TRUMP:  “Last month, I announced the deal to slash out-of-pocket costs of insulin, and insulin is such a big deal and such a big factor of importance for our senior citizens.  And we slashed costs for hundreds of thousands of Medicare beneficiaries.”

REALITY:  The Trump administration announced that participating enhanced Medicare Part D prescription drug plans will allow beneficiaries to access insulin for a maximum copay of $35 for one month’s supply. Only patients who elect (and pay for) enhanced coverage will be able to take advantage of the $35 price cap – and only if their drug plans participate. Millions of seniors whose plans do not include this provision will continue to pay an average of over $1,100 in annual out of pocket insulin costs. The new policy does nothing to reduce the skyrocketing price of insulin.

TRUMP:  “Average basic [Medicare] Part D [prescription drug] premiums have dropped 13.5 percent…”

Market forces, not the President, are mainly responsible for fluctuations in Medicare premiums.  More importantly. premiums are not the only costs that seniors bear.  Average out-of-pocket costs for Medicare beneficiaries have risen as premiums fluctuate.  Many seniors, like other adults, choose plans with lower premiums without realizing that they may pay more out-of-pocket.  At the end of 2018, US News and World Report  indicated that, without federal intervention, “the prescription benefit in Medicare Part D will start drawing a lot more money out of the pockets of seniors taking pricey drugs.”

TRUMP:  “As you know, last year was the first year where drug prices, in 52 years — where drug prices have actually gone down, the cost of prescription drugs.”

REALITY:   The President likes to cite this statistic, but it is only one measure of drug prices and it is not the first time that this indicator has gone down in 52 years.  This index reflects what the average consumer pays at retail pharmacies, not the actual costs of drugs.  Meanwhile, prices for the most often-prescribed drugs for Medicare patients increased 10 times the rate of inflation during a recent five-year period. The popular anti-inflammatory, Humira – which seniors take for everything from arthritis to Crohn’s Disease – now costs up to $72,000 annually – with Medicare patients paying up to $5,000 out of pocket for this drug.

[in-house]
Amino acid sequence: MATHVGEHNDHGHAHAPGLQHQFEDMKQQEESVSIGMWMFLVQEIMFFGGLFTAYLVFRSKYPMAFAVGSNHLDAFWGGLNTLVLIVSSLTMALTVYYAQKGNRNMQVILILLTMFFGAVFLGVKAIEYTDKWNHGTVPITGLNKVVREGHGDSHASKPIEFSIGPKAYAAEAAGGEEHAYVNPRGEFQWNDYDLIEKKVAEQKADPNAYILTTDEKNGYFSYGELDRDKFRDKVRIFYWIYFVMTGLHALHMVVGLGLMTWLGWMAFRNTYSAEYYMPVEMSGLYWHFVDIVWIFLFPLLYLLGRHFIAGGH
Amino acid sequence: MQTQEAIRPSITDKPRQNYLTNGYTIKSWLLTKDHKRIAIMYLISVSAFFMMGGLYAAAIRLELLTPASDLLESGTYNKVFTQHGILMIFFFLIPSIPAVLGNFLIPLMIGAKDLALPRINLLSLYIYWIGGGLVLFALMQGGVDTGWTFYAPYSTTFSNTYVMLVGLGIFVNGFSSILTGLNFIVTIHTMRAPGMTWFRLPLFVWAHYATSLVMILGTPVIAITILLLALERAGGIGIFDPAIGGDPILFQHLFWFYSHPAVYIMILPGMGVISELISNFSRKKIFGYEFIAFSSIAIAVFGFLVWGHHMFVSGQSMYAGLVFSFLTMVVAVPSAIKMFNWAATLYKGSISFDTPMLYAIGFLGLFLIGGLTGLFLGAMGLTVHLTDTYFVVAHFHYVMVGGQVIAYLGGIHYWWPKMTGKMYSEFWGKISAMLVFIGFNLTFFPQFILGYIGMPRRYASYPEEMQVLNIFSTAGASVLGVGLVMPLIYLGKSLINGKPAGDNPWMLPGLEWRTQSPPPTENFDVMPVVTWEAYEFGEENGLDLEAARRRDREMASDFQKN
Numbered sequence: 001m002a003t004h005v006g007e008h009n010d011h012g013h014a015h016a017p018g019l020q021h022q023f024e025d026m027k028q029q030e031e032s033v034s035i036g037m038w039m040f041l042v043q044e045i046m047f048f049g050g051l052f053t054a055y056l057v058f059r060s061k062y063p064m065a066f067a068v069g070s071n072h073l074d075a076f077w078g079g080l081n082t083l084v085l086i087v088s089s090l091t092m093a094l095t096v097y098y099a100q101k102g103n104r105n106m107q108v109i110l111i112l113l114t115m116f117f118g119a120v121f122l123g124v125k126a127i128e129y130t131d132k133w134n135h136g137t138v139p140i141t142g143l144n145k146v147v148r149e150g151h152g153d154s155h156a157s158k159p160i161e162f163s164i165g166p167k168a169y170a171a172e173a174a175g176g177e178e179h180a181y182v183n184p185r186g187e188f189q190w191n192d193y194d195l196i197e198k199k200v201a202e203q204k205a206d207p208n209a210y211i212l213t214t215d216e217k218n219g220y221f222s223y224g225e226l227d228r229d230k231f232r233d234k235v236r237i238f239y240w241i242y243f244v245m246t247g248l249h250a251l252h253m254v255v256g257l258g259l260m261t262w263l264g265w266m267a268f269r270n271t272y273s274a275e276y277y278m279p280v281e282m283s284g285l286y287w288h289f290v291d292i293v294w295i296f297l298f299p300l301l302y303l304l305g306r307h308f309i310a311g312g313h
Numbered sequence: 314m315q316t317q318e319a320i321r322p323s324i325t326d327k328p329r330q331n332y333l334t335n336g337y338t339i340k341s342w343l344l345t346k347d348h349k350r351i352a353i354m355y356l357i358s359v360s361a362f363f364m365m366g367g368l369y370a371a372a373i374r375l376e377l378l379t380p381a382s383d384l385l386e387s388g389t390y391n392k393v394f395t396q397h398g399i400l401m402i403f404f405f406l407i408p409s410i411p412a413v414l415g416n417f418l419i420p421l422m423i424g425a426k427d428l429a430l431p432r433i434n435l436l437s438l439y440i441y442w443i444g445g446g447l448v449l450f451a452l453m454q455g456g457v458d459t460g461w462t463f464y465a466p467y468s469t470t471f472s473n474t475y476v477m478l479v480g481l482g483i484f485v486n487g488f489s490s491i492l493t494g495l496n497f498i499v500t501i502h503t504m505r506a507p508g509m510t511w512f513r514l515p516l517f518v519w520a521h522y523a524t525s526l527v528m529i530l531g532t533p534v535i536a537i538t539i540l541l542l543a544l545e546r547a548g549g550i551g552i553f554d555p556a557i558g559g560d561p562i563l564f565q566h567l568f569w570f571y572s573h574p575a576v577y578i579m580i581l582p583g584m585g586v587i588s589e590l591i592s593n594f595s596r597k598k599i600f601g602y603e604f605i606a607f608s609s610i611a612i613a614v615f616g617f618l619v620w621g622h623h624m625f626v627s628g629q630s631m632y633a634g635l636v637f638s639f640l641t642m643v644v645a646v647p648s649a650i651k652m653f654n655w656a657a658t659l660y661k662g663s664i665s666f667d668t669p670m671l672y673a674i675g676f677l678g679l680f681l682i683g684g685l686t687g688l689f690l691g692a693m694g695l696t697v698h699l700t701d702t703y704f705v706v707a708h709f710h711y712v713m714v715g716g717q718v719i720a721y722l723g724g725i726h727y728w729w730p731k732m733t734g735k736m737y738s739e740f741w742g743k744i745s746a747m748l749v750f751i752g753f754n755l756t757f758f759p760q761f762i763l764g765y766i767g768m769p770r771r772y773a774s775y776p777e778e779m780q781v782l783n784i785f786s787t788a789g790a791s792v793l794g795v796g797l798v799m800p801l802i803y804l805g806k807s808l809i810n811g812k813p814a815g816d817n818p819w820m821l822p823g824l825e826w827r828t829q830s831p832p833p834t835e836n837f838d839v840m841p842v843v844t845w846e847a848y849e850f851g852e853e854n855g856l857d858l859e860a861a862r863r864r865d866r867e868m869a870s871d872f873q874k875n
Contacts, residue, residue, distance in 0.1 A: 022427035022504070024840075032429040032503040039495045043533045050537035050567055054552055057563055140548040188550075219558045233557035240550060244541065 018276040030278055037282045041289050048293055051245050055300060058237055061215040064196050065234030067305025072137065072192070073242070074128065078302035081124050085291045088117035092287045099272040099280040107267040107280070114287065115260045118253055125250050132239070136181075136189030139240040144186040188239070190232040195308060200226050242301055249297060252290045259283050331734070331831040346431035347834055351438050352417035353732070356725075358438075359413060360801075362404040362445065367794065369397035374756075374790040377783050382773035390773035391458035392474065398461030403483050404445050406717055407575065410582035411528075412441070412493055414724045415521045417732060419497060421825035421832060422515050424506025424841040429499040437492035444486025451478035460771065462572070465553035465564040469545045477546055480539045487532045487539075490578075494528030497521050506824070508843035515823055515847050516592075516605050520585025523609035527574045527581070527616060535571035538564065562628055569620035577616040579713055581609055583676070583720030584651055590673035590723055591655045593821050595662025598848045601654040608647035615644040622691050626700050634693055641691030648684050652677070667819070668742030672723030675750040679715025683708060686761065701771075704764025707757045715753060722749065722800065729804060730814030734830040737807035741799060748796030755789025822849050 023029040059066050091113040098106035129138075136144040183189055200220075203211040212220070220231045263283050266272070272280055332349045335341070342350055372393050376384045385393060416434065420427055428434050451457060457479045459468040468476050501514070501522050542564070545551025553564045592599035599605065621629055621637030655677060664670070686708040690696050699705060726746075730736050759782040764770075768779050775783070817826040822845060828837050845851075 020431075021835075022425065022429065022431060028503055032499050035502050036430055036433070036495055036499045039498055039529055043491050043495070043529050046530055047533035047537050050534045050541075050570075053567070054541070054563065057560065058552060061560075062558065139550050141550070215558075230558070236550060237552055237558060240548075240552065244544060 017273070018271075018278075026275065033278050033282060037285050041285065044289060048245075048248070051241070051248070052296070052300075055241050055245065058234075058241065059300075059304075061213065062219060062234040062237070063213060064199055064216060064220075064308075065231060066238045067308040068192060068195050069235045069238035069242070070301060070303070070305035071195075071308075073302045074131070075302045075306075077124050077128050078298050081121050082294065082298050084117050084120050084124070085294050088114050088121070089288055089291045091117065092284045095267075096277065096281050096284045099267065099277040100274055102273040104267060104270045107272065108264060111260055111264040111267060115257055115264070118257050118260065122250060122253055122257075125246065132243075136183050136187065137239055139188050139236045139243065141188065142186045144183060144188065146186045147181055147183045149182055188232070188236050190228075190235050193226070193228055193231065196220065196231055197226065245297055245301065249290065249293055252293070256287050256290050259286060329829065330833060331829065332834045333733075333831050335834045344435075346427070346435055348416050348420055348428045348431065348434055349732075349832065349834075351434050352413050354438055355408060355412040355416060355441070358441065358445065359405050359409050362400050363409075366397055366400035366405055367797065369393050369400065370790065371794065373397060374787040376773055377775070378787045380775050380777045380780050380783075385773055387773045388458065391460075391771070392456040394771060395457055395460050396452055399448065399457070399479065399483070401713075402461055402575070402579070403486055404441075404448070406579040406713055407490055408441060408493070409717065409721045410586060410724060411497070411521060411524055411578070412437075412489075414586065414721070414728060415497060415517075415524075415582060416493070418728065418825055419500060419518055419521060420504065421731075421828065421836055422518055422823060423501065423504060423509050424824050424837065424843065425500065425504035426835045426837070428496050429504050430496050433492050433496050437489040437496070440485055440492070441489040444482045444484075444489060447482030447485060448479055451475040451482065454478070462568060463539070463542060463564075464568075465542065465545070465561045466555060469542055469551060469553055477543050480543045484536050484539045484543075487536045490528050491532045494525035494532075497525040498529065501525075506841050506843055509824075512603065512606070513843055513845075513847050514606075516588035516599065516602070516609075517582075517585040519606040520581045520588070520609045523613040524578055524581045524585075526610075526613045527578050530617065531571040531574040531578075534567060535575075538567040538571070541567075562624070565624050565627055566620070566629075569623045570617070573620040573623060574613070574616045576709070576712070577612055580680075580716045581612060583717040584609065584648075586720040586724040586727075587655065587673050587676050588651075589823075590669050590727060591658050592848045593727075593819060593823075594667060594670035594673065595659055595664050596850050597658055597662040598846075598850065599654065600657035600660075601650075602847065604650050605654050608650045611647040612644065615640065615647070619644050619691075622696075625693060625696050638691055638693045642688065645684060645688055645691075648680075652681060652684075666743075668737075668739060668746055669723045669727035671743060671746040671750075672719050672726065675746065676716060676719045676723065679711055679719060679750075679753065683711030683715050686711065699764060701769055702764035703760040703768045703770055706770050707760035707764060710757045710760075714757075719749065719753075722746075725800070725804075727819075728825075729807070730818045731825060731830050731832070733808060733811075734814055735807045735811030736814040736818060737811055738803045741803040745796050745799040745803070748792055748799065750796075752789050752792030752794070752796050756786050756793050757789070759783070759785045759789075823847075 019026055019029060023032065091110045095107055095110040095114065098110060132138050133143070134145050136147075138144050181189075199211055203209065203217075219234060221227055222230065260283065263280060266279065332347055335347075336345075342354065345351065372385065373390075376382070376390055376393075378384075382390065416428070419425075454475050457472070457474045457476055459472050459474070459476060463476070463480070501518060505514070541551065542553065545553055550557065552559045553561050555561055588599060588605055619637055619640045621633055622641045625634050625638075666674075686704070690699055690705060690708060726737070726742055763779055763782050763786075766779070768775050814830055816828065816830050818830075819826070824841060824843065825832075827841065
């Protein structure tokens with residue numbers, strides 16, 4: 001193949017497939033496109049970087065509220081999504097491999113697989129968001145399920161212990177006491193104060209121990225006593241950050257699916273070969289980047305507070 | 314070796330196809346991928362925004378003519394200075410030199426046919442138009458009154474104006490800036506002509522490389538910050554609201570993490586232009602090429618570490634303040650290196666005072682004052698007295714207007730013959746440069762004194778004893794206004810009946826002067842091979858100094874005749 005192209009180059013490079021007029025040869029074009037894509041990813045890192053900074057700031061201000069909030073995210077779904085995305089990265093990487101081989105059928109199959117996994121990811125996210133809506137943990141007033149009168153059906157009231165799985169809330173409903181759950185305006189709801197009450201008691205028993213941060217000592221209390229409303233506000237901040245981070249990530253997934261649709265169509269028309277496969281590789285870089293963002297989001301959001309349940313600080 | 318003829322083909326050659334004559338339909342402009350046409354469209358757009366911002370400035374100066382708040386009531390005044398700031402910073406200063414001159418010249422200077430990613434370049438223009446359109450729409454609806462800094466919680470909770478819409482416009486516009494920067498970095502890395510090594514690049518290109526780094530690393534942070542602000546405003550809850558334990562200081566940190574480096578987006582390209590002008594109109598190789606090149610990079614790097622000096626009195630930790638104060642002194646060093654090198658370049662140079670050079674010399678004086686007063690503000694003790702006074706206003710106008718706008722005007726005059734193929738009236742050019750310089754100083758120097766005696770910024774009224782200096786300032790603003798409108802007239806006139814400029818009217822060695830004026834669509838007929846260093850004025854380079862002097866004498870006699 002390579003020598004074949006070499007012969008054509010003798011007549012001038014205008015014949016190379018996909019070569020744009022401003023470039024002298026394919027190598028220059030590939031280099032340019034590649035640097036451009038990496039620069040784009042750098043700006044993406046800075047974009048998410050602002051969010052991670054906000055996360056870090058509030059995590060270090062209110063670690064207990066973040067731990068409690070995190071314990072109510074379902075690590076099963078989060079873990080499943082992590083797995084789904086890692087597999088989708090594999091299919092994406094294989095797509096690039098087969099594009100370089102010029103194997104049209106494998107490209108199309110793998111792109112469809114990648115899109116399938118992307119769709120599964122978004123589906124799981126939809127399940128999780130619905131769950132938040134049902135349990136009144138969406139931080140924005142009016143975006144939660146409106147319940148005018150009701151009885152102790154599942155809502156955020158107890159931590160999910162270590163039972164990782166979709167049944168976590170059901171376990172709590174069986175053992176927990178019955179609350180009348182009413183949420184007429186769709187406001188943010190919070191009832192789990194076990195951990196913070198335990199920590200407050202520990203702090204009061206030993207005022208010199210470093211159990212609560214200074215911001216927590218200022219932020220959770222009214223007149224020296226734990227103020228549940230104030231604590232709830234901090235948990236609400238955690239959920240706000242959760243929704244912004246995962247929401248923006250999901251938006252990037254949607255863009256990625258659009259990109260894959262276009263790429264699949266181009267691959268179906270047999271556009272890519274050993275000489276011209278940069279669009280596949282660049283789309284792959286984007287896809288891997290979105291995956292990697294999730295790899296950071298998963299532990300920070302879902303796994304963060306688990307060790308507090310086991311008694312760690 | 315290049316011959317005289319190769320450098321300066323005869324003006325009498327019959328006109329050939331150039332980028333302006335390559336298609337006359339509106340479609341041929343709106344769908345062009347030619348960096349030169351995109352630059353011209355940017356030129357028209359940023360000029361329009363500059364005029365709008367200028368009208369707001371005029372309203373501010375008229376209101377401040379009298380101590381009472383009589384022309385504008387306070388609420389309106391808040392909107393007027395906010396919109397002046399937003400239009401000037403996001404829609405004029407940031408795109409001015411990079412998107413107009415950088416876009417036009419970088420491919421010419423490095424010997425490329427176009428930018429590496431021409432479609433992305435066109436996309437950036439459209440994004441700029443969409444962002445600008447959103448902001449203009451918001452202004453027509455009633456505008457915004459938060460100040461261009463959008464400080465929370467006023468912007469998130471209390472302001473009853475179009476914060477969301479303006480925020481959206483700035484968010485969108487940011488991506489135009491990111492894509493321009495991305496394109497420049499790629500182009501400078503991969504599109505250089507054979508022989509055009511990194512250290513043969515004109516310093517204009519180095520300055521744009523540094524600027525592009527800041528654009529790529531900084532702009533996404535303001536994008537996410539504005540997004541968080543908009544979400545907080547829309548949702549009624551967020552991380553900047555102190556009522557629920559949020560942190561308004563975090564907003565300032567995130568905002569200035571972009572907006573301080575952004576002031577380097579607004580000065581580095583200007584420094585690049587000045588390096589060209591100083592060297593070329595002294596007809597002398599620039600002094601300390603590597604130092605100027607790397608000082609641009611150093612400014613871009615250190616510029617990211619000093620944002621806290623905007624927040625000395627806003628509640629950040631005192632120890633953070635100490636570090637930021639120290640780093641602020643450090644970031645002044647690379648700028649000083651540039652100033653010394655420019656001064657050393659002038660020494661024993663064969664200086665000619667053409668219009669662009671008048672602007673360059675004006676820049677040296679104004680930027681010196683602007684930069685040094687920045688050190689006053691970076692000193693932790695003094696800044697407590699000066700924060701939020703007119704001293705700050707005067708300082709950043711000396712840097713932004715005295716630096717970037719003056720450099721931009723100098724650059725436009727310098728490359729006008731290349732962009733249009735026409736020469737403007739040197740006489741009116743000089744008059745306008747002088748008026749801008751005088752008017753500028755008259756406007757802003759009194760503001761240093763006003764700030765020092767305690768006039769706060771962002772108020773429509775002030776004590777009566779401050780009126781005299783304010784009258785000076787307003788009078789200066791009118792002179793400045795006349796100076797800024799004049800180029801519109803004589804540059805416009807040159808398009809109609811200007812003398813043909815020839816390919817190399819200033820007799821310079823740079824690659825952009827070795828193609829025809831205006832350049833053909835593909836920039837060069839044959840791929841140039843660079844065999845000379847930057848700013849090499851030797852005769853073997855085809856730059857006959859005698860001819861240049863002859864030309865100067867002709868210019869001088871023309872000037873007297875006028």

TRUMP:  “We’re strongly defending Medicare and Social Security, and we always will.”

REALITY:  This is probably the President’s most laughable claim regarding seniors.  The Trump administration’s budgets have proposed cutting hundreds of billions of dollars from Medicare.  The White House has relentlessly tried to repeal the Affordable Care Act, which made significant improvements to Medicare.  The administration has proposed to cut Social Security Disability Insurance by tens of billions of dollars – and imposed a new rule to make it harder for people with disabilities to continue collecting benefits.  The President has campaigned tirelessly to eliminate payroll taxes, which directly fund Social Security and Medicare, at a time when both programs need more, not less, revenue.  The list goes on.  This is the President’s notion of “strongly defending” both programs?

Meanwhile, seniors appear to strongly disagree with proposals from the White House and conservatives in Congress that would tamper with Social Security.  This is made clear in a National Committee survey of its member and supporters released last week.

TRUMP:  “We’ll always protect our senior citizens and everybody against preexisting conditions.”

REALITY:  The opposite is true. The President has done everything to undermine protections for pre-existing conditions, especially for seniors.  He tried to repeal the Affordable Care Act, which prevented health insurers from declining coverage for pre-existing conditions – which older patients tend to suffer from more than younger adults.  The ACA also limited insurers’ ability to charge older patients higher premiums than younger ones.  A president committed to protecting people with pre-existing conditions would not still be trying to destroy Obamacare. When the GOP-controlled Congress failed to repeal the ACA, the White House attempted to sabotage the program through administrative measures, and is still arguing (during a pandemic) that Obamacare should be struck down in the federal courts.  The administration also began allowing junk insurance plans with high deductibles that do not protect patients with pre-existing conditions.

Instead of prevaricating and pandering, here is what the President would do if he were a true champion of seniors:

These actions would go a long way toward “taking care of seniors,” but President Trump is not likely to take them. Perhaps that is why seniors, wary of this President’s commitment to their well-being – especially during the Coronavirus pandemic – have continued to turn away from him and may not vote Trump in 2020.